So anyway, I saw a bunch of movies that I never wrote up. Well, I wrote them up, but I never polished the post or added pictures or anything. Some of these are pretty dated, since it’s like a month’s worth or something. This is for…since my last weekly movies til this week. There were some no movie weeks in there, what with pilot season and all. Continue Reading »

Weekly Movies, September 15-21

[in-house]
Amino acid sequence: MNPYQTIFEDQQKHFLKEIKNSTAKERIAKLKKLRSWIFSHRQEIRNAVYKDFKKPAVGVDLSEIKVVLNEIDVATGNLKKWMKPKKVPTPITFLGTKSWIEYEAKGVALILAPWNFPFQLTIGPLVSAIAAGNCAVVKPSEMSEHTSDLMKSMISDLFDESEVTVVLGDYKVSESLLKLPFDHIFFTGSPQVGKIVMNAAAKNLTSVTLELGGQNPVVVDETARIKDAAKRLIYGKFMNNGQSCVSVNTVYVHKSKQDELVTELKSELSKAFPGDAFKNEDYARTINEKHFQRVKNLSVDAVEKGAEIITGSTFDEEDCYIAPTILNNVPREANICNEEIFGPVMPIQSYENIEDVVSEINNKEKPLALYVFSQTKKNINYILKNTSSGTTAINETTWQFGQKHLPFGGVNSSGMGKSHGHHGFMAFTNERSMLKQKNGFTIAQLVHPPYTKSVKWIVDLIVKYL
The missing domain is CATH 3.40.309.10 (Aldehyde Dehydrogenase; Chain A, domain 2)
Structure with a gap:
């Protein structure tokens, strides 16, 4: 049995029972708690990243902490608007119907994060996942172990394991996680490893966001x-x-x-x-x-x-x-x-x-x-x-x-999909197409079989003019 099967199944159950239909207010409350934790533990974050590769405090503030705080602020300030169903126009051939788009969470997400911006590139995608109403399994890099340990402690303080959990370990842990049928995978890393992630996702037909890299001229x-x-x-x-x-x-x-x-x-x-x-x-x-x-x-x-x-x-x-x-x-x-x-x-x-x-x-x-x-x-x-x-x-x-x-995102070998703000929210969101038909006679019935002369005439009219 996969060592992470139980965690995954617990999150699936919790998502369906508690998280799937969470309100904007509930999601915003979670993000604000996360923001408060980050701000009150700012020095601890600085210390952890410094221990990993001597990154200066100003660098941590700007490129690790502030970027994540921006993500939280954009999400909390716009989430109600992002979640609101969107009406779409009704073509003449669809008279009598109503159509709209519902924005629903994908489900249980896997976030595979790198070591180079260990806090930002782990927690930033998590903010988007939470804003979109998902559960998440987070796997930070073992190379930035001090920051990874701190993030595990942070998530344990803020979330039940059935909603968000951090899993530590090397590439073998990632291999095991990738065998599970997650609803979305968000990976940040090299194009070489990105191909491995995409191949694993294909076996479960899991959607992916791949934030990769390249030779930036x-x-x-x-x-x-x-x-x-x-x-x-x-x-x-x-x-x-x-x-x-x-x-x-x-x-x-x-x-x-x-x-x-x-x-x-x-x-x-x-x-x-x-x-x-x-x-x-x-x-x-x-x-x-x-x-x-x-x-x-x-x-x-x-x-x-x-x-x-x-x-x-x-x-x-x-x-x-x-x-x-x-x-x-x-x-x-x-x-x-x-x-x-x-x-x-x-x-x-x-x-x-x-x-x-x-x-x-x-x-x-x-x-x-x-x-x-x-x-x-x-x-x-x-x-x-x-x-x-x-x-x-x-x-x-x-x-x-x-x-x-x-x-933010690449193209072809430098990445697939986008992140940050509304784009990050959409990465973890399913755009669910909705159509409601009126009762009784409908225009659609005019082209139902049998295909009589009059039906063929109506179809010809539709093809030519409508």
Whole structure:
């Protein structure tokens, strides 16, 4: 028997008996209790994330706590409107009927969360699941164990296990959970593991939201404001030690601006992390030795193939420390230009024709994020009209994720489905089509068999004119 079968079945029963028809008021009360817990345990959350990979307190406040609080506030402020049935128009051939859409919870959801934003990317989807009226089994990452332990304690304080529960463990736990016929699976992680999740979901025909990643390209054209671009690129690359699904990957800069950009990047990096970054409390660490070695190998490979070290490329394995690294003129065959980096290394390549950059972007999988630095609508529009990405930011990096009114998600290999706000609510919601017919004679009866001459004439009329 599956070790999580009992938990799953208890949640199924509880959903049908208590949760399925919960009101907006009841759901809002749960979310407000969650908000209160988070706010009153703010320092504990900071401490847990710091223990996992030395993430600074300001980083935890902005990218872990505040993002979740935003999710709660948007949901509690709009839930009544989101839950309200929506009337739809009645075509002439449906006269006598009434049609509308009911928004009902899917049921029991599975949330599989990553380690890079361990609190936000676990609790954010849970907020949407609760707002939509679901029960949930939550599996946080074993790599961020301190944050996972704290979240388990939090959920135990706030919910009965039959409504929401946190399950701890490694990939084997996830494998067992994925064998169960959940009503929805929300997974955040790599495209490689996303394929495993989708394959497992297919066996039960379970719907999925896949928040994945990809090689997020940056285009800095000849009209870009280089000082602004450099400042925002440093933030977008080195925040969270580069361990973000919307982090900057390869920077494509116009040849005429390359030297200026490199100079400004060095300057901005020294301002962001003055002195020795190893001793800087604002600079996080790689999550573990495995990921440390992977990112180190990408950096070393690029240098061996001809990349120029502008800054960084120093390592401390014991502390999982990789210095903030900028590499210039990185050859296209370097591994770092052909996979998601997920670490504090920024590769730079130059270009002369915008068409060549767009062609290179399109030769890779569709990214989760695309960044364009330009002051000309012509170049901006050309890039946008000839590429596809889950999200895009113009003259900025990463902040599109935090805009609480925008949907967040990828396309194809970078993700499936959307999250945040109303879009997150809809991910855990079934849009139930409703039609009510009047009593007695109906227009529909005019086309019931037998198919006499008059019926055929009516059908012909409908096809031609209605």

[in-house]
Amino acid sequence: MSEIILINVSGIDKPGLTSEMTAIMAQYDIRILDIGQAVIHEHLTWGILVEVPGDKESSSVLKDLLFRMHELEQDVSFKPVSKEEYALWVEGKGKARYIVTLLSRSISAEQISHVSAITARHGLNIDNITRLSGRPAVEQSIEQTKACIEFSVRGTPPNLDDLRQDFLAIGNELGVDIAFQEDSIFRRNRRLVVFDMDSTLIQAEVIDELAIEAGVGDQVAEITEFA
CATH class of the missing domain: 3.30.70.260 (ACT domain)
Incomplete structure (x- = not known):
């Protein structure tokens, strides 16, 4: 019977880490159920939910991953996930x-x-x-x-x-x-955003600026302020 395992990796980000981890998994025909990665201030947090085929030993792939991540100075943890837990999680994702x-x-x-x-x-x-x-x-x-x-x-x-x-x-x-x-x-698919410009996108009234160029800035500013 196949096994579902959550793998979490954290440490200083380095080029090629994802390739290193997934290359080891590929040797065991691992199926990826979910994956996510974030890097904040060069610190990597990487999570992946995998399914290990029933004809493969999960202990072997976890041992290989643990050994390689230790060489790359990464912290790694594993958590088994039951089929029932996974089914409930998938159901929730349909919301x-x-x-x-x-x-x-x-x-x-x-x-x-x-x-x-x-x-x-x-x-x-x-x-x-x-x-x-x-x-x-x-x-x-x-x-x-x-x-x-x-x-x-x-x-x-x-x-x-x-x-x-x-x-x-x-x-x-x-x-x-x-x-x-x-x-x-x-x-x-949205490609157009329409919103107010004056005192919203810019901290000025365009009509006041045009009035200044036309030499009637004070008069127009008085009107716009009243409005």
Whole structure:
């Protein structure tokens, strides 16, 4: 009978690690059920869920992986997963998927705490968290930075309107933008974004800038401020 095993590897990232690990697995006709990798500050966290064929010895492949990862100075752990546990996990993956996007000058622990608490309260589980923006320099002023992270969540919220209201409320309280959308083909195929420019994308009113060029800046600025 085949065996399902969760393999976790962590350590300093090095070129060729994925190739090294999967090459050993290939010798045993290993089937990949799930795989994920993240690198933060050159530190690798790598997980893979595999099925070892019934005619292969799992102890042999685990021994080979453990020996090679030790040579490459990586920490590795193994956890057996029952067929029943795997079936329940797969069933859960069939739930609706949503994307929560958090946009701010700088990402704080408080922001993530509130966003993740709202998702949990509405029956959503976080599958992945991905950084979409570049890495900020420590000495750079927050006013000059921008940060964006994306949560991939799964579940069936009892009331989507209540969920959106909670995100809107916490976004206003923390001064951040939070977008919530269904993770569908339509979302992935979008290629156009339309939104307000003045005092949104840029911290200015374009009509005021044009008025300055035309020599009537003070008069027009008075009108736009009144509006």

1. Brown Sugar (Rick Famuyiwa, 2002): This is one of those movies that the idea of sounds better than the actual thing of. Loosely inspired by Common’s “I Used To Love H.E.R,” it is basically a love story where Sanaa Lathan’s love of hip hop and her love of Taye Diggs are intertwined. Lathan’s character is a music writer and is working on a book; Diggs’ character is a producer who quits his major label job after he’s asked to produce a remake of “The Girl Is Mine” for a black and white rapper duo, called “The Ho Is Mine.” Diggs abandons his shiny suits to start his own label, with Mos Def’s character as his first artist. The whole thing is Diggs and Lathan, childhood friends, realizing they love each other as more than friends, despite the fact that they’re involved with other people. Anyway, the idea is fantastic, and I loved both the lead performances — Diggs is way better than I thought he was based on not really having seen him in much, really charming and funny and like, oozing with charisma, and Lathan has the harder part, needing to seem cool and smart and grounded, and she does a great job — but the dialogue occasionally gets bogged down in the “our love is a commentary on the sad state of hip hop!” stuff. The best bits were the early scenes, where you get a documentary-style section of various hip hop greats talking about when they fell in love with hip hop, and a great flashback scene with, like, Slick Rick and Doug E. Fresh. Such cuteness